MAIA, Portugal, March 9, 2019 – Aubrey Rosilier and Emily Davis, both of San Antonio, Texas/Acrobatic Gymnastics of San Antonio, and Angel Felix of Moreno Valley, Calif., and Braiden McDougall of Riverside, Calif., of Realis Gymnastics Academy, advanced to the women’s and men’s pair finals at acrobatic gymnastics’ 2019 World Cup at the Maia (Portugal) Municipal Gymnastics Complex. Competition concludes tomorrow with the combined routines at 3:30 p.m.
Three U.S. pairs advanced to the junior and age group 2 finals of the Maia International Acro Cup, held in conjunction with the World Cup: mixed pair Jordan Gruendler and Timothy Massa, both of San Antonio, Texas/Acrobatic Gymnastics of San Antonio, junior (13-19); mixed pair Anna Blough and Carson Breen, both of Riverside, Calif./Realis Gymnastics Academy, age group 12-18; and women’s pair Alexis Comnick, Yucaipa, Calif., and Tiffani Williams, Riverside, Calif., Realis Gymnastics Academy, age group 12-18.
In the women’s pair, Rosilier and Davis ranked third after the first two routines, earling a 26.460 for their dynamic routine. When combined with their 27.830 balance score, the duo posted a 54.290 total for third. Portugal had the top spot after two routines with a 56.060, to move ahead of Russia 2 at 55.960. Felix and McDougall ranked seventh in the preliminary rankings at 52.880 (26.850/26.030) in the men’s pair rankings. Russia hold the two top spots (58.470 and 56.540), with Belarus in third (56.400). The mixed pair of Aisley Boynton of Riverside, Calif., and Sean Obley of Mesa, Ariz., of Aspire Kids Sports Center, finished in 11th place after two routines (50.800) and did not advance. Russia topped the prelims ranking at 58.560.
The results for the junior pairs and groups competing in the Maia International Acro Cup are noted below.
- 12-18 women’s group – Bella Aguayo, Queen Creek, Ariz., Riley Berg, Phoenix, and Kirsten Clark, Tempe, Ariz., Aspire Kids Sports Center: ranked 27th, 49.100 (23.550, balance/25.550, dynamic).
- 12-18 women’s pair – Alexis Comnick, Yucaipa, Calif., and Tiffani Williams, Riverside, Calif., Realis Gymnastics Academy: advanced to finals, 9th, 50.550 (25.300/24.300).
- 12-18 mixed pair – Anna Blough and Carson Breen, both of Riverside, Calif./Realis Gymnastics Academy: 1st, 52.400 (27.150/25.250).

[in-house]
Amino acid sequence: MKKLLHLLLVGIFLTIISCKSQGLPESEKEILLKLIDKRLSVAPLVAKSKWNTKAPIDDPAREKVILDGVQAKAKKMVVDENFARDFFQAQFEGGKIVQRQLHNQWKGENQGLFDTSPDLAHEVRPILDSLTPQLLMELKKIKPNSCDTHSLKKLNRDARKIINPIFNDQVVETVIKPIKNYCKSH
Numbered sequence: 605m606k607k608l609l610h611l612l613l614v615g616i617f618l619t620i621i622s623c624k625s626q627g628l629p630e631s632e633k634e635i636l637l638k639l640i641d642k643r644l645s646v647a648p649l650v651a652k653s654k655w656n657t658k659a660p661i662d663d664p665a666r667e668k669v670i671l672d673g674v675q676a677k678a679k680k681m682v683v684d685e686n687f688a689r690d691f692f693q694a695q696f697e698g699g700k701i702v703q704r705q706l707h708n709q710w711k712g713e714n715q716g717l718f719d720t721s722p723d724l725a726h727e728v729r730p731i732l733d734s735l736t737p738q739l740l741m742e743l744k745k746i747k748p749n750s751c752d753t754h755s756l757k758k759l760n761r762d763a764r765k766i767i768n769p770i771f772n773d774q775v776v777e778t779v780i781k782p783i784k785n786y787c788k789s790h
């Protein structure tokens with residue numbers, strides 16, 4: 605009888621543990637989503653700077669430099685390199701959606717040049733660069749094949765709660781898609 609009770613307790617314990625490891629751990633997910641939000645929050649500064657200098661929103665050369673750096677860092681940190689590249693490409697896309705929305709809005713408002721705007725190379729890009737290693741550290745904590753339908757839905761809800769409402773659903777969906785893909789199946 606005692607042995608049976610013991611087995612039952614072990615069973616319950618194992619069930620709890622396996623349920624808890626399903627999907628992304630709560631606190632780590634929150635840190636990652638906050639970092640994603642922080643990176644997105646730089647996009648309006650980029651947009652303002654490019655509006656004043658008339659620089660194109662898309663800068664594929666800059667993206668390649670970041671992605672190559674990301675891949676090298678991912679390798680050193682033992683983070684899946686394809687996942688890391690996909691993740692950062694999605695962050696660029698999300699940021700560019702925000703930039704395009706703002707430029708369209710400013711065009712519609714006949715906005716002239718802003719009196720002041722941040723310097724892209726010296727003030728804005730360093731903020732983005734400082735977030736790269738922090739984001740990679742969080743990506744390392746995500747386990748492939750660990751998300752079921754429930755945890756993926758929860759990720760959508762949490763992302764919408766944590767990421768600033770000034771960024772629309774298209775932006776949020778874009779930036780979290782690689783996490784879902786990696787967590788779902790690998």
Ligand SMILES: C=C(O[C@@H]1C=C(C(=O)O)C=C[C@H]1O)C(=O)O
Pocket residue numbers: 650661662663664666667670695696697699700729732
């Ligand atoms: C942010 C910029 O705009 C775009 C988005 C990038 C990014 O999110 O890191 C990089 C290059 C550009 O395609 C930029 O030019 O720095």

- 13-19 mixed pair – Jordan Gruendler and Timothy Massa, both of San Antonio, Texas/Acrobatic Gymnastics of San Antonio: advance to finals; qualified in 5th, 50.670 (25.950; 24.720)
The World Cup wraps up at 3:30 p.m. with combined routines for women’s pair, mixed pair, men’s pair, women’s group and men’s group. The sessions for the Maia International Acro Cup also conclude on March 10. All times are local to Portugal, which is five hours ahead of U.S. eastern time. For more information, go to the event’s website, maiaacrocup.com.
Three 11-16 age-group teams are traveling with the national team and competing in the International Acro Cup. Here’s their preliminary results: women’s pair – Moraeah Arthur and Ariana Katsov, with Mid America Acro & Tumbling, 11th, advance to finals (51.100); women’s pair – Anabelle Lopez-Torres and Sidney Snyder, with 1st Class Gymnastics, 4th, advance to finals (52.400); and 11-16 women’s group – Audrey Alvarez, Maya Bajdarvanov, and Sydney Dorais, with Flip Force San Diego, 28th (49.350).
Acrobatic gymnastics combines the beauty of dance with the strength and agility of acrobatics. Routines are choreographed to music and consist of dance, tumbling, and partner skills. At the elite level, each pair or group performs a balance, dynamic and combined routine. Pyramids and partner holds characterize the balance routine, while synchronized tumbling and intricate flight elements define the dynamic exercise. The acrobatic gymnastics events are: men’s pair, mixed pair, women’s pair, men’s group and women’s group. An acrobatic gymnastics pair consists of a base and a top. A women’s group is comprised of three athletes – a base, middle and top partner – while a men’s group has four athletes, a base, two middle partners and one top partner.
Based in Indianapolis, USA Gymnastics is the national governing body for gymnastics in the United States. The organization is committed to creating a culture that encourages and supports its athletes and focuses on its highest priority, the safety and well-being of the athletes. USA Gymnastics has taken specific, concrete steps to strengthen its safe sport policies and procedures. Former gymnast and business executive Li Li Leung begins her tenure as president and chief executive officer of USA Gymnastics on March 8. The organization’s disciplines include men’s and women’s artistic gymnastics, rhythmic gymnastics, trampoline and tumbling, acrobatic gymnastics and gymnastics for all (formerly known as group gymnastics). For more complete information, visit usagym.org.